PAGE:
He printed, I filled in, and we took them to the southern depot to mail.

“I thought you knew,” he said gently as he dropped the envelope into the shaft that led to a conveyor belt below.

That night I had a dream of legal documents on an assembly line, dwarves passing them along to each other and then roughly stapling the documents to living dolls who cried but didn’t bleed. Then the workshop started to fill with water and I was back in the lake, this time reaching for the papers attached to the dolls, trying to get one for myself. The water was hot and cold; I awoke in a cold sweat and had to take a shower.

The birth certificate finally arrived but I didn’t bother to look at it all that carefully. I didn’t want to know what it said, what lies I had been living with all these years.

“It doesn’t change the fact that we were born in the same delivery room,” I said to Evan.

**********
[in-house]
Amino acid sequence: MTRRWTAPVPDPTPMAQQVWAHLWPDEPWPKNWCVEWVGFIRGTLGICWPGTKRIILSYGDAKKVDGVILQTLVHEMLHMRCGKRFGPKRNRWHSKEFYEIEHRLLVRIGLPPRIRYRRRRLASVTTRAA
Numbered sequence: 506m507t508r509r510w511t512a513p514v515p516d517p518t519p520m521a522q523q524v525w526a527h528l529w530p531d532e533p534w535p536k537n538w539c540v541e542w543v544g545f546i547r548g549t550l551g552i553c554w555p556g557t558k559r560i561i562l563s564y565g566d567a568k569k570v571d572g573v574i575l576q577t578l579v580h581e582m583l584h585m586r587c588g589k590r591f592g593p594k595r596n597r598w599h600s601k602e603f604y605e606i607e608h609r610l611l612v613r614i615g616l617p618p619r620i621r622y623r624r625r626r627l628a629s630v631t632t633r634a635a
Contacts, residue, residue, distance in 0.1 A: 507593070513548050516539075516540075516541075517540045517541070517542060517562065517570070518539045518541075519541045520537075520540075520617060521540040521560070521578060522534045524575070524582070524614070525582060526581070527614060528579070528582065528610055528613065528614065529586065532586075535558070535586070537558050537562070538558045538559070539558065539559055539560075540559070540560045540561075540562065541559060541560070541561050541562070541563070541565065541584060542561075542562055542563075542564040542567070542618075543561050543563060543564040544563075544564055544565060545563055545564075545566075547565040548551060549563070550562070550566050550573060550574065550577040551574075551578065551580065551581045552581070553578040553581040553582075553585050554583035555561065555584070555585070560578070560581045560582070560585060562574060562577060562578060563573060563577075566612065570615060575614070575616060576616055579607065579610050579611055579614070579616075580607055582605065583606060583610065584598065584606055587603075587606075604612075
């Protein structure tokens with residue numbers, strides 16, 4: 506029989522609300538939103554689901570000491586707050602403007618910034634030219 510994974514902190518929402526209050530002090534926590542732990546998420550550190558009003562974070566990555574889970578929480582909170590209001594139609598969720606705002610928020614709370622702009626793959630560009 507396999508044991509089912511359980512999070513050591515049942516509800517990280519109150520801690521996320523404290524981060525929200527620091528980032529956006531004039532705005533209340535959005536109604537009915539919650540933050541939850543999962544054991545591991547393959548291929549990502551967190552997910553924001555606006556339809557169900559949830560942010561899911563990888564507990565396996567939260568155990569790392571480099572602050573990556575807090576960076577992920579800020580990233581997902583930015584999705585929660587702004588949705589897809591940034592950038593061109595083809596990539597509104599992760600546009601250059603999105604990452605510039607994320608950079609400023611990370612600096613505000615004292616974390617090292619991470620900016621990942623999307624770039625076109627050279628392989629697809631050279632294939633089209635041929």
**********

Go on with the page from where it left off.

That was one of the wonderful pieces of family lore over the years and I wanted to keep it alive.

I asked my mother about it gently.

“Just a legal guardianship,” she huffed, and changed the subject. She’s always been good at that. We’ve always let her get away with it.

Like the people who believe that the American president is not a true citizen, my mother and I will each believe what we need to believe about my birth certificate. I know they were married; I’ve seen the pictures of their wedding and when I was brought home from the hospital and the cars in the background give an accurate dateline. But there are other problems. Like trust. Maybe, like the President, I am an outsider. When it comes to my mother, I am ineligible.


Lucile Barker is a Toronto poet, writer and activist who has written since swiping her grandmother’s Waterman fountain pen and her mother’s purple ink. Time spent in the corner gave her more writing opportunities. These were augmented in her teenage years by time spent in detention rooms and sitting in the hall outside of the classroom. She may have the world’s largest rejection slip collection. There are no plans for an exhibit of these. She has participated in Nanowrimo for the past seven year. “Birther” is one of the linked stories from the 2011 Nano, Jacqueline Pomerantz had Insomnia Here. Since 1994, she has facilitated The Joy of Writing, which has weekly meetings at the Ralph Thornton Centre, as well as on-line and Facebook members.